Eight Examples of How I Agree with Religious Fundamentalists

This is a guest post written by Herb Silverman.

For years I’ve been advocating for “big-tent” atheism, which includes agnostics, humanists, secular humanists, freethinkers, and more. It’s a tent where people can choose activities according to their circumstances and comfort levels, a tent where they can follow their passion while respecting and supporting those with a different emphasis…

My atheist tent is usually not big enough to include religious fundamentalists, but I’ll offer eight examples of such agreement:

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This Would Have Been a Great Article About Coming Out as an Atheist… a Couple of Decades Ago

Kansas City Star columnist Cindy Hoedel believes 2014 is the year society should start accepting atheists and that begins by giving society someone to accept:

I suspect a large number of the 33 million are in-the-closet atheists who don’t want to be the only person in their family, workplace or book club to use the “A”-word.

Let me go first: My name is Cindy, and I am an atheist.

I really want to like this article. I mean, she’s advocating for something I obviously support.

But I’m having a hard time. It starts with the line “Let me go first.” The admission is welcome, but Hoedel isn’t even close to being first. (Hell, she’s not even the first newspaper columnist to use her platform to come out. That link’s from a decade ago, but I’m sure it happened before then, too.)

Then there’s this line:

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It’s a Miracle! Catholic Nun Gives Birth!

A nun originally from El Salvador and working in Italy went to the hospital earlier this week complaining of stomach cramps, only to give birth to a child hours later:

I did not know I was pregnant. I only felt a stomach pain,” Italian news agency ANSA quoted her as saying.

It appears the child was conceived during a trip back home last year — cue a joke about “indulgences” — though the nun hasn’t admitted to any sin. But there’s a major upside to the birth:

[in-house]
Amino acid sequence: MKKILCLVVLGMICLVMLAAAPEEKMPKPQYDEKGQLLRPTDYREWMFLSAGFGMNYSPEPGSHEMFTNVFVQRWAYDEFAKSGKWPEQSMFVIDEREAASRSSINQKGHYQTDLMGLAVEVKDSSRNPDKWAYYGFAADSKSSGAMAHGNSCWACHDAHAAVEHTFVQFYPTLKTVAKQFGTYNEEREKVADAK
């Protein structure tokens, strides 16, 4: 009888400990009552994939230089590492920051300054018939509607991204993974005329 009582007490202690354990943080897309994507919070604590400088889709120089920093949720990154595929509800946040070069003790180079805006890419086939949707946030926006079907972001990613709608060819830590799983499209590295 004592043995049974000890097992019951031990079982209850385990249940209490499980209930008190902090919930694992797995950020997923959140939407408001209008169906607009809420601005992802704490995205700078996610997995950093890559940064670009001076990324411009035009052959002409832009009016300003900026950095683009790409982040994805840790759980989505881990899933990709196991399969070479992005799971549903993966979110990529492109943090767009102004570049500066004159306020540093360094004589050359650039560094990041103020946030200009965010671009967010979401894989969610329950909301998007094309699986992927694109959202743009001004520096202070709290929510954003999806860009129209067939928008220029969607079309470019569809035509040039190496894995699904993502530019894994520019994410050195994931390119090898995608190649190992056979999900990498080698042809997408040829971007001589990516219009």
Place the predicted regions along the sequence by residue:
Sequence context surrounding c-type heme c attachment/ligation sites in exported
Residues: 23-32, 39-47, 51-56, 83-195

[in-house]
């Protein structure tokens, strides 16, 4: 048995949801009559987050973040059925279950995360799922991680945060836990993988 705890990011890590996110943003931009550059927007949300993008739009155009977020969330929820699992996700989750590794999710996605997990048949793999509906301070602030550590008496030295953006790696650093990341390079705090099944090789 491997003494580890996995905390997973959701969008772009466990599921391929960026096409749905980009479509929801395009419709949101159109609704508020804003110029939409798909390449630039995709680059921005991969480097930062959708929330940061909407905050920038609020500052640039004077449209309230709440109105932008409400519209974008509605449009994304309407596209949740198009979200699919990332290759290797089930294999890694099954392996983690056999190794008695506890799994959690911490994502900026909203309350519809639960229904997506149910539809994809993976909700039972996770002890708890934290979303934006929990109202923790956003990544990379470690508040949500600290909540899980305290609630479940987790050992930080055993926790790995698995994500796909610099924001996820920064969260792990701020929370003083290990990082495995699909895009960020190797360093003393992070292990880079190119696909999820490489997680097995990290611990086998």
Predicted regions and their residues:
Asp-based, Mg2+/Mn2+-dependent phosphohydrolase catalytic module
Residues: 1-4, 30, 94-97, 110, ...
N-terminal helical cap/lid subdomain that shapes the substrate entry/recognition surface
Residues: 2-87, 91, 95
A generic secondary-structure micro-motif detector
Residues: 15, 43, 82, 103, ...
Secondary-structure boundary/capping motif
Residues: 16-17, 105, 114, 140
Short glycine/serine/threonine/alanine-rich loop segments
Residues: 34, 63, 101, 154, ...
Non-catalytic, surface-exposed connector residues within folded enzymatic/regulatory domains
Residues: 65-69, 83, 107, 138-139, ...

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New Study Finds That Divorce Rates Are Higher in Counties with a Greater Concentration of Conservative Christians

Given that religious conservatives look down upon divorce and fight against LGBT rights in part to protect what they call the “sanctity of marriage,” you would think their rates of divorce would be pretty low.

But a new study scheduled to be published in an upcoming edition of the American Journal of Sociology suggests otherwise:

Demographers Jennifer Glass at the University of Texas and Philip Levchak at the University of Iowa looked at the entire map of the United States, going county by county, to examine where divorces occurred in 2000 and what the characteristics of those counties were. Their work confirms that one of the strongest factors predicting divorce rates (per 1000 married couples) is the concentration of conservative or evangelical Protestants in that county.



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Indonesian Province May Pass Law Requiring Residents to Participate in Islamic Prayers

Legislators in Bengkulu, a province of Indonesia, are in the process of drafting legislation that would make it mandatory to attend Islamic prayers every week:



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